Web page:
Editorial style guide - C
Proper nouns, official titles and course titles use initial capitals when written in full.
Vice-Chancellor Keith Burnett
When referring to such titles in running text or using a word such as history in a generic sense, don't use an initial capital.
The University is about to appoint a new vice-chancellor
Applicants must study history at A Level
Department names use initial capitals, but the word department always uses lower-case d, unless it begins a sentence.
The Department of English Literature
Our department has an excellent reputation.
When referring to the University of Sheffield as the University use an initial capital. When referring to a university use all lower case.
Don't use initial capitals for the small connecting words in titles.
The Hound of the Baskervilles
My Life as a Dog
not careers advisor
careers advisory service
In keeping with our general guideline on numbers, we use words for everything up to ninth. From 10th onwards, use numerals.
For nouns, use: fourth century, fifth century and so on, then: 10th century, 21st century. For adjectives, use a hyphen: fourth–century philosopher, 21st–century furniture.
Use a colon to introduce a list in a sentence:
Research topics include: gender and politics in France, French cinema, 20th–century literature.
Colons can also be used to separate statements in a sentence, when the second statement explains the first:
The Department of Chemistry has some of the best facilities in the country: its laboratories are state-of-the-art.
Never follow a colon with a dash (:-).
The building houses computers, seminar rooms and a library.
In a simple sentence like the above there is no need for a comma before and.
Compliment or complement
You pay someone a compliment. You have a full complement of students.
A book review may be complimentary. Two types of medical treatment or two colours can be complementary.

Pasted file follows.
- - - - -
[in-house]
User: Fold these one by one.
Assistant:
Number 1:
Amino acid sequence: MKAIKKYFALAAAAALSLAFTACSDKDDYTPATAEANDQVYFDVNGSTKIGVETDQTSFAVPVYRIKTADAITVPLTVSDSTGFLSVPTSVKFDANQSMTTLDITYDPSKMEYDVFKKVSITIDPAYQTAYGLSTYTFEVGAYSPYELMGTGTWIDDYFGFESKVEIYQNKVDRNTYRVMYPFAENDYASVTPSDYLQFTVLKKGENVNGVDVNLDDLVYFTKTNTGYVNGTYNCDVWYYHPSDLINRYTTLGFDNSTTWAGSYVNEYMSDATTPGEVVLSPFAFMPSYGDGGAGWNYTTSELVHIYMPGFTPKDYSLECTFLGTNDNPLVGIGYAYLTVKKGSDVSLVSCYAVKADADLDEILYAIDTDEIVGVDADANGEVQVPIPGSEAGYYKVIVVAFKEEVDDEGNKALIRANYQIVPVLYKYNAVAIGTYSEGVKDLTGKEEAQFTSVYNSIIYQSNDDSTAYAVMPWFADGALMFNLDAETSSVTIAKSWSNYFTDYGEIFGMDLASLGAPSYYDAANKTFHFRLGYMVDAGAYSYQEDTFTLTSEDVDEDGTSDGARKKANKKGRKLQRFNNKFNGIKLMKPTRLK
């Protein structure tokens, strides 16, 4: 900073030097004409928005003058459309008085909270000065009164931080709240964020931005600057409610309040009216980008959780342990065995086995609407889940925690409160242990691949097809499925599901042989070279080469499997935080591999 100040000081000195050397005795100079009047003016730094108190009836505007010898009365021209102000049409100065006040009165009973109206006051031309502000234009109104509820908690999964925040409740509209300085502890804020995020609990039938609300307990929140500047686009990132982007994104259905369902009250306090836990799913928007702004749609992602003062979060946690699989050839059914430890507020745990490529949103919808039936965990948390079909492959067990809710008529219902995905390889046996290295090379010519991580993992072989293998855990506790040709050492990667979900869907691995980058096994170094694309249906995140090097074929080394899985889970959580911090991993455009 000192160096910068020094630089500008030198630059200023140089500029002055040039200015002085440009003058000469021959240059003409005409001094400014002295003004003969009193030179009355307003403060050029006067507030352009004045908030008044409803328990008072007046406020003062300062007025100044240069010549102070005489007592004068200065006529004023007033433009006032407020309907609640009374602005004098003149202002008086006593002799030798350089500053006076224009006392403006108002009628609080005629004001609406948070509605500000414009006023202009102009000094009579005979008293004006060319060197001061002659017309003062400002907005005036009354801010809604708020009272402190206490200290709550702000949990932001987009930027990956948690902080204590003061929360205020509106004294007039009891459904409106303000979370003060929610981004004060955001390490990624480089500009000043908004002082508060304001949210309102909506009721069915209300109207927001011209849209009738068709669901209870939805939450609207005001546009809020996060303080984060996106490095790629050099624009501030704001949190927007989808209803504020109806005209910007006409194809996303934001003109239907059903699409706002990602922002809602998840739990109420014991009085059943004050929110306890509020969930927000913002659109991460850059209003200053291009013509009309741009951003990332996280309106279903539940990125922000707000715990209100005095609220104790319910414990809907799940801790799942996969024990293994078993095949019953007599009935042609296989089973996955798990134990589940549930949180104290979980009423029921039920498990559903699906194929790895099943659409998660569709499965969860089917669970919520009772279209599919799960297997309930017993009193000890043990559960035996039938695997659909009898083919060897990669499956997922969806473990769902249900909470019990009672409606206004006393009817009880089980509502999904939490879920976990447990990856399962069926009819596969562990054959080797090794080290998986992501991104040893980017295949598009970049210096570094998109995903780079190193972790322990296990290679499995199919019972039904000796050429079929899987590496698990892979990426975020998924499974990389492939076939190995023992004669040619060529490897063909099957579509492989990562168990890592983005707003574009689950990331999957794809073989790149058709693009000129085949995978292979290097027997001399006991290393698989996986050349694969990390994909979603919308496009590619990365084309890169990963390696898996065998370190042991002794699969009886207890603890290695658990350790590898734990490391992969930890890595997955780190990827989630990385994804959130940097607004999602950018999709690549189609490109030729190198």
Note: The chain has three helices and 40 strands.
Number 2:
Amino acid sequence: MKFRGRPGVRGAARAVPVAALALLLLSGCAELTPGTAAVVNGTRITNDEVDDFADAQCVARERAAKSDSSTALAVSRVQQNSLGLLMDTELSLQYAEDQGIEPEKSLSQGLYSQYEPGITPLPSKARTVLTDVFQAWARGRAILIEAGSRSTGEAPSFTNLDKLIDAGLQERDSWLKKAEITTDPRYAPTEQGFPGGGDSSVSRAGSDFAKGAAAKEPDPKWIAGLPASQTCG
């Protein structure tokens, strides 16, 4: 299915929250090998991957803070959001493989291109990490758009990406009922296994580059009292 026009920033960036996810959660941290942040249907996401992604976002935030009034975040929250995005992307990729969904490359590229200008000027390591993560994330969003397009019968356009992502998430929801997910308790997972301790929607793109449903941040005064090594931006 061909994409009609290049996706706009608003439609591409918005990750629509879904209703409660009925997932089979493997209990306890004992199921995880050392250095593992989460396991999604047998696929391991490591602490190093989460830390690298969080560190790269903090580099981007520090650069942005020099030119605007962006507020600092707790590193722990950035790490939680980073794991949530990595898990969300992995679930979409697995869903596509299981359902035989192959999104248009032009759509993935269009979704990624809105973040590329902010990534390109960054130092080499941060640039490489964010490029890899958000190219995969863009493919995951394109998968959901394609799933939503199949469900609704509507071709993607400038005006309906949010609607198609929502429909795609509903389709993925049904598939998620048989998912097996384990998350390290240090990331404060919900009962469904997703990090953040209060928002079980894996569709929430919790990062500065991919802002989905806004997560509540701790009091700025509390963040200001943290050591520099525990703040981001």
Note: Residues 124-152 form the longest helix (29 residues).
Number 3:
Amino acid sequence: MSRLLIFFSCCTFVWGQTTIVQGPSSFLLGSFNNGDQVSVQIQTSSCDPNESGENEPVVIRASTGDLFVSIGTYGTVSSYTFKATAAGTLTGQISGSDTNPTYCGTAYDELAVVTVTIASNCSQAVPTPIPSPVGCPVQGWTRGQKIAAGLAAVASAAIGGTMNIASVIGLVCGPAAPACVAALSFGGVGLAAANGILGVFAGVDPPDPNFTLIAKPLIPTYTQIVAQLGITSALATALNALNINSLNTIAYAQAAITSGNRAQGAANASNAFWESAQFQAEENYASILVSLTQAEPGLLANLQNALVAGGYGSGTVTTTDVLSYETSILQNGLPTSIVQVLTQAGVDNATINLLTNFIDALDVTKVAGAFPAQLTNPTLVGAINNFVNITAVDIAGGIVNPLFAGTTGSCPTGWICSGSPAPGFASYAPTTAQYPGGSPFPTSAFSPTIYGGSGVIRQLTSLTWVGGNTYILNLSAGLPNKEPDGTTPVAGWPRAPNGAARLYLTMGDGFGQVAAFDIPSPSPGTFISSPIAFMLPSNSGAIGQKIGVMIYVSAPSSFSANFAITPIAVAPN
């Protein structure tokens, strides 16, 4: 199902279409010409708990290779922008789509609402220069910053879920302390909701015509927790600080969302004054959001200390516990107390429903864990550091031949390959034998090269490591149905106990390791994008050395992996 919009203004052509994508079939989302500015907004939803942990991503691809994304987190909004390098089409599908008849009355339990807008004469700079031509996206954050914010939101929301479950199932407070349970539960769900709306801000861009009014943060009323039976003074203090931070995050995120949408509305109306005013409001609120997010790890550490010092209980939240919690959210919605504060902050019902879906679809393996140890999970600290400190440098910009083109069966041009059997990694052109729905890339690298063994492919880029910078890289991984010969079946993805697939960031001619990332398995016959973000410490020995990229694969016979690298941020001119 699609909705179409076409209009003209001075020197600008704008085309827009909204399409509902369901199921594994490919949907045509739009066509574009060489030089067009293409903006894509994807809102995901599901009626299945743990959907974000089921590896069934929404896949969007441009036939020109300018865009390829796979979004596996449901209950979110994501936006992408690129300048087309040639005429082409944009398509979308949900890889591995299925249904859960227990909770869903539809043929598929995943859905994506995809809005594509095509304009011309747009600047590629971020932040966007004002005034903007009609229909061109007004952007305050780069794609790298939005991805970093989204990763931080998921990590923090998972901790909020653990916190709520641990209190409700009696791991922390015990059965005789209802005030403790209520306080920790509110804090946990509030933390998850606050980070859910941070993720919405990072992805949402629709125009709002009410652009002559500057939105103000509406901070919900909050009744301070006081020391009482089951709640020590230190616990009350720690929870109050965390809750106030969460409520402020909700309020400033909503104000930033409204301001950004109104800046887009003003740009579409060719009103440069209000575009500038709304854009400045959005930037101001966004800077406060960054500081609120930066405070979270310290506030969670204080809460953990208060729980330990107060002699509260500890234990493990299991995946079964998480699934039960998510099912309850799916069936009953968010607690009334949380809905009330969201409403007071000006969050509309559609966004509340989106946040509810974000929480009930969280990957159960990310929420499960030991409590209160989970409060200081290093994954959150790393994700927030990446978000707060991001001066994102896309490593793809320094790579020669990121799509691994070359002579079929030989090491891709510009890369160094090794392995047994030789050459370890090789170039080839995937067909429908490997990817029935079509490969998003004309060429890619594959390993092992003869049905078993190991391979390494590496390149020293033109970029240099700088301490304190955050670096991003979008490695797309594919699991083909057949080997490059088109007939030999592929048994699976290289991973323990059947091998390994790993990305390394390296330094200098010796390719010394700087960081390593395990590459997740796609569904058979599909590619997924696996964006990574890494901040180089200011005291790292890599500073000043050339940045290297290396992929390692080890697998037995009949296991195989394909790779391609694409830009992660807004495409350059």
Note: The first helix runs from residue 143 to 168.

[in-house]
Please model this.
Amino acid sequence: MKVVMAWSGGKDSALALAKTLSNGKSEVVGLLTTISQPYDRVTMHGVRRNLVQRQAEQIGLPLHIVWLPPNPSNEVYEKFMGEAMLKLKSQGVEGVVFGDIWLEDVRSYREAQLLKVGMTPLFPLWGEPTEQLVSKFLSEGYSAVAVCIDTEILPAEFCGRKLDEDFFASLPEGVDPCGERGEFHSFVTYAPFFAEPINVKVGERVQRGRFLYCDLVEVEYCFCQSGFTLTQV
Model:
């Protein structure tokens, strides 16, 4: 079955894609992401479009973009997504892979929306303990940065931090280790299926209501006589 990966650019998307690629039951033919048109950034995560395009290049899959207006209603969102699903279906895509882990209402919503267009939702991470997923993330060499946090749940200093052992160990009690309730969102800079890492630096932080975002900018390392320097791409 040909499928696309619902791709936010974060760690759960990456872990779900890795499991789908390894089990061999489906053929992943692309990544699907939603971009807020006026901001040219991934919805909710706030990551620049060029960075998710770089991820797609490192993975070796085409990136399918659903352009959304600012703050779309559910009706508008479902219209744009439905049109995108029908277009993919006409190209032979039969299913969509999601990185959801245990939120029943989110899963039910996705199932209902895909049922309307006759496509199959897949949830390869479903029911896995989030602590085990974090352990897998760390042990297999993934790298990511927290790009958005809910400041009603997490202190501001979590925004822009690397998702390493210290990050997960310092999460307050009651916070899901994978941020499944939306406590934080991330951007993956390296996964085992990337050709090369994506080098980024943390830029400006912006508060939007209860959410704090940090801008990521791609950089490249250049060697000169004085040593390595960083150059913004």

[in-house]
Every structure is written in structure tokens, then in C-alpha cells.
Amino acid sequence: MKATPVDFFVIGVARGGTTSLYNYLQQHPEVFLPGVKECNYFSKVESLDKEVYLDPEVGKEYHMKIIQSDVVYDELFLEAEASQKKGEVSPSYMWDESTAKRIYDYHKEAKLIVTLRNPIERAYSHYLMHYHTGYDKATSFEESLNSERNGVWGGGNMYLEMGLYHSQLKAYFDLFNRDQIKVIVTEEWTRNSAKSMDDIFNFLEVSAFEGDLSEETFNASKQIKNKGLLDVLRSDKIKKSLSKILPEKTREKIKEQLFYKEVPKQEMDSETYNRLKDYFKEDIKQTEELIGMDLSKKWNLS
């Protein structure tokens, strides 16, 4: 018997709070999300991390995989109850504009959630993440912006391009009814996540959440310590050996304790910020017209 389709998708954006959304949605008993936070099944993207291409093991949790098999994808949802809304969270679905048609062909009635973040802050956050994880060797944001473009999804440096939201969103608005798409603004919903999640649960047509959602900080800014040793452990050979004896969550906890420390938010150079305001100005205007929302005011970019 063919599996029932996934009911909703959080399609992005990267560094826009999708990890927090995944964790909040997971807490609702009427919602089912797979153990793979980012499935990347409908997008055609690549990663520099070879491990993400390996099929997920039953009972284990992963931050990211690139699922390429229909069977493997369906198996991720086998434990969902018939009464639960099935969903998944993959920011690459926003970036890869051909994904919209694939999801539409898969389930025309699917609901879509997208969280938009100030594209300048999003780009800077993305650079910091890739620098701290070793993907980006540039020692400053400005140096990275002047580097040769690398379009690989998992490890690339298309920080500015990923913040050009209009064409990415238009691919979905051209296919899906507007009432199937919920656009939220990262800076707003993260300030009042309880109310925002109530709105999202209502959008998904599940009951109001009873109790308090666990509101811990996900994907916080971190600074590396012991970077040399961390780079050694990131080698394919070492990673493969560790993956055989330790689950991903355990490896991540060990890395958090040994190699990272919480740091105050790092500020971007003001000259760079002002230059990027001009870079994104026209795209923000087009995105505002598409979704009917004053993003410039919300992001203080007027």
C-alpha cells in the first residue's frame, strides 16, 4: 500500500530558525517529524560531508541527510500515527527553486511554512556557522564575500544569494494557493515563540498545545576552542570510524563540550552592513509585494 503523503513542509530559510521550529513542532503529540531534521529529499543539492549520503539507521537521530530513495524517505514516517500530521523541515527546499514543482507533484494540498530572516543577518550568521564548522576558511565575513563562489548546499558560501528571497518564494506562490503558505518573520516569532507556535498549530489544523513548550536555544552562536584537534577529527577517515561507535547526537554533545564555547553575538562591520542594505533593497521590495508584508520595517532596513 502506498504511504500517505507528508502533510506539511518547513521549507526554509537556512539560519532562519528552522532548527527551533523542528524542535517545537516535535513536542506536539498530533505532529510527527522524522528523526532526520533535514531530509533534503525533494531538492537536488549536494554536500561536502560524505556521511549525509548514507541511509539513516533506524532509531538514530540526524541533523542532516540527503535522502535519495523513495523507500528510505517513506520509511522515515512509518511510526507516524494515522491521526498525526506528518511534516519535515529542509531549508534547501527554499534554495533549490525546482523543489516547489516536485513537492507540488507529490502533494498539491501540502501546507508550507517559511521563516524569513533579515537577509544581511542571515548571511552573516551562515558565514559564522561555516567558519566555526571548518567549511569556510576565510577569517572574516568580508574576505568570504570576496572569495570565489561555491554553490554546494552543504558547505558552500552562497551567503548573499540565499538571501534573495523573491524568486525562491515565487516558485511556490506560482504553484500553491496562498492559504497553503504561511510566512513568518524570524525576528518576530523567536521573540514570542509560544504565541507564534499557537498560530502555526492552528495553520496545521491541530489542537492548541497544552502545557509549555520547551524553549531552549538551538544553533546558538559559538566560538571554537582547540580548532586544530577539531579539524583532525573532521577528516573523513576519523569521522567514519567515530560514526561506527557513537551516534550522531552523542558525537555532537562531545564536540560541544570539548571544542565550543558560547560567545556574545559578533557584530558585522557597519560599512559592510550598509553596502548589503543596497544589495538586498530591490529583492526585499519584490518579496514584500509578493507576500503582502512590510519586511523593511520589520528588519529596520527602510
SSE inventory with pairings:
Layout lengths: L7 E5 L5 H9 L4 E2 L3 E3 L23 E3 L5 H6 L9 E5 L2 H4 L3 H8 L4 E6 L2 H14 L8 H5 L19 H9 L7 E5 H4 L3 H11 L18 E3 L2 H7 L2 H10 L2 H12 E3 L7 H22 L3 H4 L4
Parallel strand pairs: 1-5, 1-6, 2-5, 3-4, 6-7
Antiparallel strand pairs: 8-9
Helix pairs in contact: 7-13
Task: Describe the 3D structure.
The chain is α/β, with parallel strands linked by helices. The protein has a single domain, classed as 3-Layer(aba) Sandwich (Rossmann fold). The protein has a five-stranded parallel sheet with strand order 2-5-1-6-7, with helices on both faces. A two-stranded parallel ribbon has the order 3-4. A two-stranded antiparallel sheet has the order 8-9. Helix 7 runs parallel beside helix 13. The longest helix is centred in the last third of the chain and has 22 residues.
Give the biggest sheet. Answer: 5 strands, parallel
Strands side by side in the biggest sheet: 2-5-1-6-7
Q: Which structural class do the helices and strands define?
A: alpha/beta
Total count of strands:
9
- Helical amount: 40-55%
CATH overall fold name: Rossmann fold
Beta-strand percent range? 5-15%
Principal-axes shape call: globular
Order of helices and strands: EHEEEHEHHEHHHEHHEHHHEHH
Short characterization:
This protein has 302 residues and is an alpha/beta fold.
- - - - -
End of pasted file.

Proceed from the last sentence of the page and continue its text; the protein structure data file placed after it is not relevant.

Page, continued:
Comprise or compose
The parts compose (make up) the whole. The whole comprises (includes) the parts. The whole is composed of the parts. Never use is comprised of, although consists of is correct.
Hyphenated when used as an adjective as in computer-aided design.
If a telephone number is given there should also be an email address. Fax numbers and web addresses are optional but strongly recommended.
Telephone numbers should always follow the format 0114 XXX XXXX. Don't put the area code in brackets.
If the publication or web page is for an international audience, then the telephone number should follow the format +44 (0)114 XXX XXXX.
There's nothing wrong with contractions. They’re not grammatically incorrect. If it feels right to use one, go ahead.
But don't overuse them. Too many contractions in a piece of writing can be irritating and distracting.
Contractions such as 'you'll and 'we'll' help establish an informal, friendly tone. They help you to replicate the flow of everyday speech, which can make your copy easier to read.
Some contractions can have the opposite effect. 'There've', for instance, looks strange and sounds forced.
See also Abbreviations
The correct way to write a course title is BA(Honours) History or BA(Hons) History. Note there is no space between BA and (Honours).
- A Level (not hyphenated)
See also Capital letters